Exclusive: The Key to Being an On Location Photographer For a Big Budget Movie Production is to Keep Moving

If there is a large blockbuster movie filming in public locations, you'll have media and fans taking photos of the filming and posting them online in articles or to social media networks. Marvel Studios is one of many studios trying to combat this problem in the digital media world we live in.

Last year, Marvel Studios was in my home of Cleveland filming Captain America: The Winter Soldier and I took it upon myself to have exclusive first-hand coverage and observational accounts of many of the scenes filming downtown. While some people online claim that I was an enemy of Marvel Studios' security, they are liars and weren't even in Cleveland for filming. (Shots fired!) You can click right here to read a detailed encounter I did have with Marvel Studios security one time in Cleveland and you'll see there was mutual respect from me and them.

Anyway, the point here is to help anyone and everyone who are in a town of a big budget movie being filmed. If you have a camera with a decent zoom lens—sorry but the majority of smart phones do not qualify—then you're on your way to getting some great photos. But first, you need to know that Marvel Studios security is watching you while they film in public locations.

According to an interview with Avengers: Age of Ultron actors Aaron Taylor-Johnson (Quicksilver) and Elizabeth Olsen (Scarlet Witch), via Collider.com, the actors talk about how Marvel Studios is combating photographs on location.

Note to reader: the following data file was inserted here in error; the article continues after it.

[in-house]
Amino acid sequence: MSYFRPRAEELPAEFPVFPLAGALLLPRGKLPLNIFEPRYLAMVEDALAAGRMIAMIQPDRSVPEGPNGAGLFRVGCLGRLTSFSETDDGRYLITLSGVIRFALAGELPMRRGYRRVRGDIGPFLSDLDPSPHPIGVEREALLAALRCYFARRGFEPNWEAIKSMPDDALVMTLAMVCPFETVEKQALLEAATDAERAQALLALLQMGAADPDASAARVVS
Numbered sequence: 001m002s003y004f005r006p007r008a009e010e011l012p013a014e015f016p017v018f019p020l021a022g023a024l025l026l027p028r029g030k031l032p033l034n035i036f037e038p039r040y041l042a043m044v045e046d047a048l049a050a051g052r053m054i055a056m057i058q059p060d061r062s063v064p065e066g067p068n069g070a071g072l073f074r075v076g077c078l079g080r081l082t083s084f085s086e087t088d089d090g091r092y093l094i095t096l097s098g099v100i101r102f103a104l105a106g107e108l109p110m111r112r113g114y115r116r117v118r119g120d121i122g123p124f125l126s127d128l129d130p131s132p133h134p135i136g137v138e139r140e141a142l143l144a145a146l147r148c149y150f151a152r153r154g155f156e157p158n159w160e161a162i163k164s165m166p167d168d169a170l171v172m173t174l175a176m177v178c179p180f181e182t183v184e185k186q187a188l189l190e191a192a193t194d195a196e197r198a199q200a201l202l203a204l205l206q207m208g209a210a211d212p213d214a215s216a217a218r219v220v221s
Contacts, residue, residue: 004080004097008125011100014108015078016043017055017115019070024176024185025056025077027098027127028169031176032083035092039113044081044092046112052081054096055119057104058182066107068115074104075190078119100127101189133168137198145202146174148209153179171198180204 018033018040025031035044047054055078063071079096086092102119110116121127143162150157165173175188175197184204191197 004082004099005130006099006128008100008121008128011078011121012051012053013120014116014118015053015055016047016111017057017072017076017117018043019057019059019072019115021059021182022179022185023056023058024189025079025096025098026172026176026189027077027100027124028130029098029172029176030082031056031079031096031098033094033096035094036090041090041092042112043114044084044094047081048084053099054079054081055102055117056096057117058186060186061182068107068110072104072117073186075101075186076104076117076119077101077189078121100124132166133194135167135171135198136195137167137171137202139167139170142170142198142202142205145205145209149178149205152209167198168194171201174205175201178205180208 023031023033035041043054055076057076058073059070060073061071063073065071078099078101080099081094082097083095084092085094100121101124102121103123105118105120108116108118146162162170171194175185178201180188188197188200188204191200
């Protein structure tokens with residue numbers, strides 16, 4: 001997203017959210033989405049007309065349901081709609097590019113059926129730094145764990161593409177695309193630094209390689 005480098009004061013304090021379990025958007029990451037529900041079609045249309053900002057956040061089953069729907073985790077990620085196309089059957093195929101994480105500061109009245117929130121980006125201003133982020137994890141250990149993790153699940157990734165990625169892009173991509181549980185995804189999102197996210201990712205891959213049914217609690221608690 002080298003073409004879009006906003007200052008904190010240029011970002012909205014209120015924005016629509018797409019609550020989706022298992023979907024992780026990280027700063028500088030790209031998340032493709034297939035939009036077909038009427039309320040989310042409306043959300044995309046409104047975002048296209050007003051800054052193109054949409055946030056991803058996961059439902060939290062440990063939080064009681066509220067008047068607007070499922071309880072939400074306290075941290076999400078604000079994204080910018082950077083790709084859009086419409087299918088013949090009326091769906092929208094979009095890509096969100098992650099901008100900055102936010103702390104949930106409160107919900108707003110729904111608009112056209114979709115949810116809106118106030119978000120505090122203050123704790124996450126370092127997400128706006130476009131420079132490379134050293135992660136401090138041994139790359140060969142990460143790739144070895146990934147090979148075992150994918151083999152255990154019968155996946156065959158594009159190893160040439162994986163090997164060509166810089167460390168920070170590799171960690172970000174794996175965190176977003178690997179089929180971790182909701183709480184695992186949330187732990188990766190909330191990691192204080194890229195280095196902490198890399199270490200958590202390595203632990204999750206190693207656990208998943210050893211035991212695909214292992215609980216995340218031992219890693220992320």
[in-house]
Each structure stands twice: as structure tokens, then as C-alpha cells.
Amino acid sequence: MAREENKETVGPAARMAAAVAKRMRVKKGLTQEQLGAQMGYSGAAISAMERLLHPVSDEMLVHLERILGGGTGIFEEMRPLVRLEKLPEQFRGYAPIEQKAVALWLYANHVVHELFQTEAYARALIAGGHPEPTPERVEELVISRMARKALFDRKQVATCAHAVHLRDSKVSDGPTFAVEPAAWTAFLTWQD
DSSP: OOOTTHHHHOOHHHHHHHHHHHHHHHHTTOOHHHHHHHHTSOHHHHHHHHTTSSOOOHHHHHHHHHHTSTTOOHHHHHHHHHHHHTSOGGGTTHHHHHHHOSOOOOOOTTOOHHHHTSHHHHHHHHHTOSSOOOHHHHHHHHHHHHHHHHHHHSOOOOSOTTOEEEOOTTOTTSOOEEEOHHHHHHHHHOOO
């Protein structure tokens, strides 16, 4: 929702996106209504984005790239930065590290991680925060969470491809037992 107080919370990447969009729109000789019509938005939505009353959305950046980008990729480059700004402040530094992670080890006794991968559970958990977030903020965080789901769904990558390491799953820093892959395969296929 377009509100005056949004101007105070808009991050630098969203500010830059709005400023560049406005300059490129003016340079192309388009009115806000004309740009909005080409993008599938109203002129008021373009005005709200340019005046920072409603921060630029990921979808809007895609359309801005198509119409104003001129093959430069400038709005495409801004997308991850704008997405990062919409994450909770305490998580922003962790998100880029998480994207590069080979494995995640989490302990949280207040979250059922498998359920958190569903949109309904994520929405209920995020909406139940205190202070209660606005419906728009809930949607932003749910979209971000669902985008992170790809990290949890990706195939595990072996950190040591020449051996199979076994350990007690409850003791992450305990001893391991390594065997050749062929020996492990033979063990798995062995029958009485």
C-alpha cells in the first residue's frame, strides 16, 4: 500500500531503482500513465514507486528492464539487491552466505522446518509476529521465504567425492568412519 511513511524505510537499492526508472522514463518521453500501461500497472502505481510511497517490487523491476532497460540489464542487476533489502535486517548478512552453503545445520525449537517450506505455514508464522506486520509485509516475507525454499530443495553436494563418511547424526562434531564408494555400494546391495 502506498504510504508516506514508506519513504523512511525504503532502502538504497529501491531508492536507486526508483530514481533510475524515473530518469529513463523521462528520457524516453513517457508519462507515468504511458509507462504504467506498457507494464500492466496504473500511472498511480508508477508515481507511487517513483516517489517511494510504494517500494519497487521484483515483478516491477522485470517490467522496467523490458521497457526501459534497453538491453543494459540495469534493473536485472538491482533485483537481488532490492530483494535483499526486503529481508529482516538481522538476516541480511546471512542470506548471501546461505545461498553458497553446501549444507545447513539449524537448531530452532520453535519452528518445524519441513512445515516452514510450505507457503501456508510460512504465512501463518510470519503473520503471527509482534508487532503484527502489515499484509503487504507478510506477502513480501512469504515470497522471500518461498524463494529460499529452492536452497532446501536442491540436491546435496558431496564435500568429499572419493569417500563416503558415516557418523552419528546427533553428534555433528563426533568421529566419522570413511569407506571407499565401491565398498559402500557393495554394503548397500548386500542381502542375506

OLSEN: We’re aware because there’s a publicist on set literally always checking blogs. 
TAYLOR-JOHNSON: Well that and also the security, but it’s kind of great because they’re conscious of it. 
OLSEN: They know everything. The security knows everything. They’ll know where the photographers are and then they’ll discover some other exit of the building, and then they’ll never get a shot. But when we were filming in Italy, we were filming in town squares so because of the apartments, you can’t kick people out of their apartments.

But don't let this deter or distract you for the fact that when any studio films in public locations, it is perfectly legal to be beyond the lines that their production assistants and security people have set up. They can tell you otherwise, but when I asked a Cleveland policeman about this he specifically said it is a public location and as long as I (or any fan) was beyond their perimeter, taking a photo or video is not against the law.

Taking set photos is an art form though. One I like to think I personally mastered while Cap 2 filmed in Cleveland, in 2013. Because I never got greedy. I would be in a public spot, legally, and snap some photos, then move to another location and snap a few more photos. Once I posted all those pictures online, I would not go back to that spot. Matter of fact the one time I did this, and after I posted the photos, security detail was already in that previous location. The point is to be one step ahead and always on the move. If you do this, and make sure you're not in illegal locations, then there is nothing security can do to you since they are indeed filming in public.

Now if you have a telephoto lens which gives you a crazy amount of zoom capability, then you can literally set up shop in any legal location you want to and out of view from security. Your photos will be zoomed in so much that security will not be able to deduce you photo sniper spot. Or at least not as quickly as if you didn't have major zoom.

In the end, be smart, be legal and always think one step ahead so when you're lucky enough to click off a few pics—like the above photo which was the first photo online of the Winter Soldier's bionic arm on set—you can move to your next spot to take even more photos. Repeat as needed and good luck!

Don't forget you can email your set photos for Avengers: Age of Ultron, Star Wars Episode VII, Fantastic Four, Ant-Man, Batman vs. Superman or any other comic book movie to The Daily SuperHero here.

Disclaimer: This post is not any form of legal advice and is only commentary used for entertainment purposes.